Published: June 21, 2017
When Can I Skydive By Myself?
Once you've had your first taste of skydiving, we bet you'll want to come back for more!
Perhaps it's the rush of the wind in your face as you fall through the air. Perhaps it's the peace and tranquility you get under canopy. Or perhaps it's the sheer blood-pumping adrenaline of jumping out of a perfectly good airplane that gets folks just like you addicted from jump one!
Whatever your reason for wanting to learn about solo skydiving, we're here to help. Find out more here.
The first step to skydiving solo
The first step to skydiving solo is, more often than not, to try a tandem skydive first.
A tandem skydive means you are attached to a highly qualified instructor for your jump. Your tandem instructor is responsible for the operation of the equipment through the jump, so it means you have more time to take in the experience around you.
That said, you're known as a tandem student when you make a tandem skydive, which means, quite rightly, that you still play a part in the jump. Rather than being a simple 'passenger', you'll be asked to adopt the skydiving body position for exit and freefall, and to lift your legs for freefall. You can even have a go at steering the parachute, if you like!
There's really no better way to start your journey to skydiving solo than to try out a tandem first - find out about tandem skydiving at Skydive Newport here.
How many tandems before solo?
There are various different ways to learn to skydive by yourself. Some of them do start with a series of tandem skydives, during which you'll be given equipment like an altimeter and you'll use the time in the sky to become more accustomed to the experience. The idea here is that you'll be better prepared to deal with freefall by yourself after you've done it a few times with someone else.
That's just one way of learning to skydive, though. There are others that don't include tandem skydives - in fact, you can technically learn to skydive without ever having made a tandem jump. It really depends on where you go to learn and the style of learning you choose.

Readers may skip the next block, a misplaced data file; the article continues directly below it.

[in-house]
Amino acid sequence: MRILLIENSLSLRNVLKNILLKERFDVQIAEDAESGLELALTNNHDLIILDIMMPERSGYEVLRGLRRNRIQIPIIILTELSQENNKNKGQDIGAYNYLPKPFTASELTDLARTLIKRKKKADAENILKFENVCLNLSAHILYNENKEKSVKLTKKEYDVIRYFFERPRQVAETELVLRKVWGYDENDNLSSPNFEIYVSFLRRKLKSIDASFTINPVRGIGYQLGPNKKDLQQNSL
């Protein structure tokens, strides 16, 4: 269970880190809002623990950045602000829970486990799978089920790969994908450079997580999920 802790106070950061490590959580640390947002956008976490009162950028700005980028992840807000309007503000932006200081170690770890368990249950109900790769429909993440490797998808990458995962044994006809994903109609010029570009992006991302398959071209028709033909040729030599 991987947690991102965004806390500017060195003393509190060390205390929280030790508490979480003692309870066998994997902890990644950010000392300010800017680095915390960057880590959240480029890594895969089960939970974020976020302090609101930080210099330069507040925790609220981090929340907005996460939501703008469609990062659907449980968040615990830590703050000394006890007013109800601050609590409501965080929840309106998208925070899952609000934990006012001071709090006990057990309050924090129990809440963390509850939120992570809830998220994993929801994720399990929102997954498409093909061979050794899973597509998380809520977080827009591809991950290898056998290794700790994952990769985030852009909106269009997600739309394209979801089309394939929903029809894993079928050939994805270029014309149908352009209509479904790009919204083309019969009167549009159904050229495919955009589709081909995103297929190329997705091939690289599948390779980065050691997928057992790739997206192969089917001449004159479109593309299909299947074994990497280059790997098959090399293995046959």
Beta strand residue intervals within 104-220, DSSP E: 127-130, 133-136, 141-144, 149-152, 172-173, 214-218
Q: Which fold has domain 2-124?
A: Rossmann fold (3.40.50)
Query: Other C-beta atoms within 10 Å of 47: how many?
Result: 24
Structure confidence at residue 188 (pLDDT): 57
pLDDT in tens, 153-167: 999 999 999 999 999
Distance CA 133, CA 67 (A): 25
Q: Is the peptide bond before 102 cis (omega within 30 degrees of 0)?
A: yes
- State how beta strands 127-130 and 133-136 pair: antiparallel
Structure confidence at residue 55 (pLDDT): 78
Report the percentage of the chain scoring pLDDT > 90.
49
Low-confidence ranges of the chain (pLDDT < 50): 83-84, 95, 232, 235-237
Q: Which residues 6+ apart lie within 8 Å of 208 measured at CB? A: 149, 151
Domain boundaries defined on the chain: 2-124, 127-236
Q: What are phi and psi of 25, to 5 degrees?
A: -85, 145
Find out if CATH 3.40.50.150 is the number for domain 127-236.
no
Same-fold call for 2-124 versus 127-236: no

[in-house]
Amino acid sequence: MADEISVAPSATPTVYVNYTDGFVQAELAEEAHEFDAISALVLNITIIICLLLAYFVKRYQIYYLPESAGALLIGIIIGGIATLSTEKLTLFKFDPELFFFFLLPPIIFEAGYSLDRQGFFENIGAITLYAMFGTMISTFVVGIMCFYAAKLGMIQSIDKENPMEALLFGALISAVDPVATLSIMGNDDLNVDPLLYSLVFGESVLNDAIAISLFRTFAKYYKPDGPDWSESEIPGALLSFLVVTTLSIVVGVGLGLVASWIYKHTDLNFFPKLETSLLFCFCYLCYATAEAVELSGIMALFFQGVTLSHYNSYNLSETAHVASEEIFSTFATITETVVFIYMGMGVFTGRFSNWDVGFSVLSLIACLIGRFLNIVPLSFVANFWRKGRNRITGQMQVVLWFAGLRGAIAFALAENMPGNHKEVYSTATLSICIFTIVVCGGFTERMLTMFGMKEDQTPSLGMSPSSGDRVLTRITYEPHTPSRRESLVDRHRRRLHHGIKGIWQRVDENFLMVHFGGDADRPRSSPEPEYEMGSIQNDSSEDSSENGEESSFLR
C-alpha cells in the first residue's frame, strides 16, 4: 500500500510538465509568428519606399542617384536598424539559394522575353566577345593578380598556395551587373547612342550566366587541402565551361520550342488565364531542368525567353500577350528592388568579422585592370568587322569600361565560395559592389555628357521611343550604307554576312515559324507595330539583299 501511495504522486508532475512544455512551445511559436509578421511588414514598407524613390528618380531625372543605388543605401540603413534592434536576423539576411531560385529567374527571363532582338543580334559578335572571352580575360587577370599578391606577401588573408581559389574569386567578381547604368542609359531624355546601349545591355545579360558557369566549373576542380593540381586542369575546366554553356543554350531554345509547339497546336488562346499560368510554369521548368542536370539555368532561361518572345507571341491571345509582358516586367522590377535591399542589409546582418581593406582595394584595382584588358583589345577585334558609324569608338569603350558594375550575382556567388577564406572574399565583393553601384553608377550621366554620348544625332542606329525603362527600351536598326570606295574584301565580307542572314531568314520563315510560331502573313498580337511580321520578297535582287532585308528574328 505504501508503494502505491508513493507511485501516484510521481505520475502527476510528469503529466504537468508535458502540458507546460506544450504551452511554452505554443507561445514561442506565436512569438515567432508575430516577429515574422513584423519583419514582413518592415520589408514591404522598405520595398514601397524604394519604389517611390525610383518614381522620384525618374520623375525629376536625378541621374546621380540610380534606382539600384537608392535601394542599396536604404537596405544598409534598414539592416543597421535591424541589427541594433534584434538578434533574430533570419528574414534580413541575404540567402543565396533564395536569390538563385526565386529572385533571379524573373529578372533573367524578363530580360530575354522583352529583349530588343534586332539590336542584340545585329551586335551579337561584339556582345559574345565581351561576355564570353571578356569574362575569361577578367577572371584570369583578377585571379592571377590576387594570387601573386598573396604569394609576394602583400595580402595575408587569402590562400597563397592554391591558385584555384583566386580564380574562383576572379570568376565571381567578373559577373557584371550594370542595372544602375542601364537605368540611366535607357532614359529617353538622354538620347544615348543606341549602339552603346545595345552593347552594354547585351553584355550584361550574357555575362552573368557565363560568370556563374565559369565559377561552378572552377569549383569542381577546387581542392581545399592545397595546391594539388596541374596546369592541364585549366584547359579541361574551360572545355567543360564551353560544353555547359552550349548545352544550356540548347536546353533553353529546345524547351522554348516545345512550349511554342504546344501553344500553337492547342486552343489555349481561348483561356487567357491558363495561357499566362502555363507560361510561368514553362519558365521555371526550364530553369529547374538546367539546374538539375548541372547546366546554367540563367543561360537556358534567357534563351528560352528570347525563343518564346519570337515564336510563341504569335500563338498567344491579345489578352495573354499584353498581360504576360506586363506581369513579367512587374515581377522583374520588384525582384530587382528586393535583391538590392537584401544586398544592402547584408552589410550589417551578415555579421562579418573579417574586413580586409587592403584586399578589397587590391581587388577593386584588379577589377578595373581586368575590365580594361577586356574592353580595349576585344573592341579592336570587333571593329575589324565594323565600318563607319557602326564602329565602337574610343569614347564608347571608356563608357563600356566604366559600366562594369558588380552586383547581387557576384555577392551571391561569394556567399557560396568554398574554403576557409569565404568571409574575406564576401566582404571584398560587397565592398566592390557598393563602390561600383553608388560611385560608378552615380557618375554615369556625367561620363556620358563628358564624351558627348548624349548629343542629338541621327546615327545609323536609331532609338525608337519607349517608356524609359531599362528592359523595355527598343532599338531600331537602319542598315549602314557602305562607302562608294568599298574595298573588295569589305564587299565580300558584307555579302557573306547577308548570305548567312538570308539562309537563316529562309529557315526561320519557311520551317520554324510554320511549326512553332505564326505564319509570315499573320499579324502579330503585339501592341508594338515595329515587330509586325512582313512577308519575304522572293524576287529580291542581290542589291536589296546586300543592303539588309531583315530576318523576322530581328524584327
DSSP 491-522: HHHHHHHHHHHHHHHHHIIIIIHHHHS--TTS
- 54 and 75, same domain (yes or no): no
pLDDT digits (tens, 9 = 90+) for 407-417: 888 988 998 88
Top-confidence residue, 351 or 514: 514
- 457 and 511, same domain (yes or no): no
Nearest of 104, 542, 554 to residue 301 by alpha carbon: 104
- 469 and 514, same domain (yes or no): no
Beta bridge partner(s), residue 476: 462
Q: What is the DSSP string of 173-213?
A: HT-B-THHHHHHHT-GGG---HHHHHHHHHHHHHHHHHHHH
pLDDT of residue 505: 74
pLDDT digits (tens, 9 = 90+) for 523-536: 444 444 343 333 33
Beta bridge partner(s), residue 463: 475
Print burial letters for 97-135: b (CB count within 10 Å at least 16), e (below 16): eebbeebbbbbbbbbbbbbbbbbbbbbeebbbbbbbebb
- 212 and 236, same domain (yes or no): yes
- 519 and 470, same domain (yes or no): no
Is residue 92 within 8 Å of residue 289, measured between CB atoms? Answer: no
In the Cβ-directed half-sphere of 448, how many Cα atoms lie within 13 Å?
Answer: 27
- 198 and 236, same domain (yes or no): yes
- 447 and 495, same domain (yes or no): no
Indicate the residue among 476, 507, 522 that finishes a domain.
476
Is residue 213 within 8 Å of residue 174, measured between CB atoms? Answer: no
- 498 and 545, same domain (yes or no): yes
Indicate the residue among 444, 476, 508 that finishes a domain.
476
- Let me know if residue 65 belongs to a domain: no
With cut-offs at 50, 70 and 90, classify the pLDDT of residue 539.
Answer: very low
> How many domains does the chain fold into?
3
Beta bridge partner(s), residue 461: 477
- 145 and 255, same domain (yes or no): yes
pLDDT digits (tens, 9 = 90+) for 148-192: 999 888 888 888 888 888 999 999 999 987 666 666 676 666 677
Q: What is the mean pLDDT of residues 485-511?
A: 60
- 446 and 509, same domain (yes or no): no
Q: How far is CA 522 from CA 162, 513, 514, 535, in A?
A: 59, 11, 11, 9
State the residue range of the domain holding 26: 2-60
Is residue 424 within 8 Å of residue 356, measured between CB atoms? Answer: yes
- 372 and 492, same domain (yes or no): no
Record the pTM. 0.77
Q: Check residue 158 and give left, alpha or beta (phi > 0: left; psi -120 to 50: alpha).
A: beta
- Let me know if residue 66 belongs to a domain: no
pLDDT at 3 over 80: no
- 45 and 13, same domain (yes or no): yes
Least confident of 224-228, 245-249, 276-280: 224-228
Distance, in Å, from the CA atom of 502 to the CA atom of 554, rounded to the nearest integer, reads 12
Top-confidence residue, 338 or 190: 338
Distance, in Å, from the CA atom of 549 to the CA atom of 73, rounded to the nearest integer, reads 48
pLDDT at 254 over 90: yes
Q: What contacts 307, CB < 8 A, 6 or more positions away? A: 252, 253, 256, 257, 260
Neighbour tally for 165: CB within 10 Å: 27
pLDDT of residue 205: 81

Becoming a qualified skydiver
The whole process of becoming a qualified skydiver depends on where you learned and the course you choose. In some places, you'll start off with a series of tandem skydives, as mentioned above. In others, you'll start jumping solo from jump one, with two instructors accompanying you and having less and less input in your jump as you progress. In a few places, the 'static line' form of skydiving lesson still exists, this being a slightly older style of learning that involves an automatically opening parachute.
Whatever method you choose, you'll be working toward a skydiving license. This is a small book, that looks like a passport, that says that you're signed off to jump alone. If you opt to choose a United States Parachute Association (USPA) affiliated drop zone, you'll be able to use your USPA license at any other USPA dropzone. You can even use your license to skydive overseas, as there are various USPA drop zones outside of the States too.
What you can do as a solo skydiver
Once you've got your license, there's a world of opportunity available to you!
You can learn all sorts of new and exciting things. As a solo jumper, you can learn things like formation skydiving, which is where you make shapes in the sky with other skydivers. Freeflying is all about learning to fly on all axis. Then there are parachute based disciplines too, things like CRW (canopy relative work) which involves flying around and building formations with other parachute pilots.
Whatever your route to becoming a solo skydiver, we're sure you'll love every single step.
My second jump will definitely be here in Newport. I wouldn't go anywhere else.
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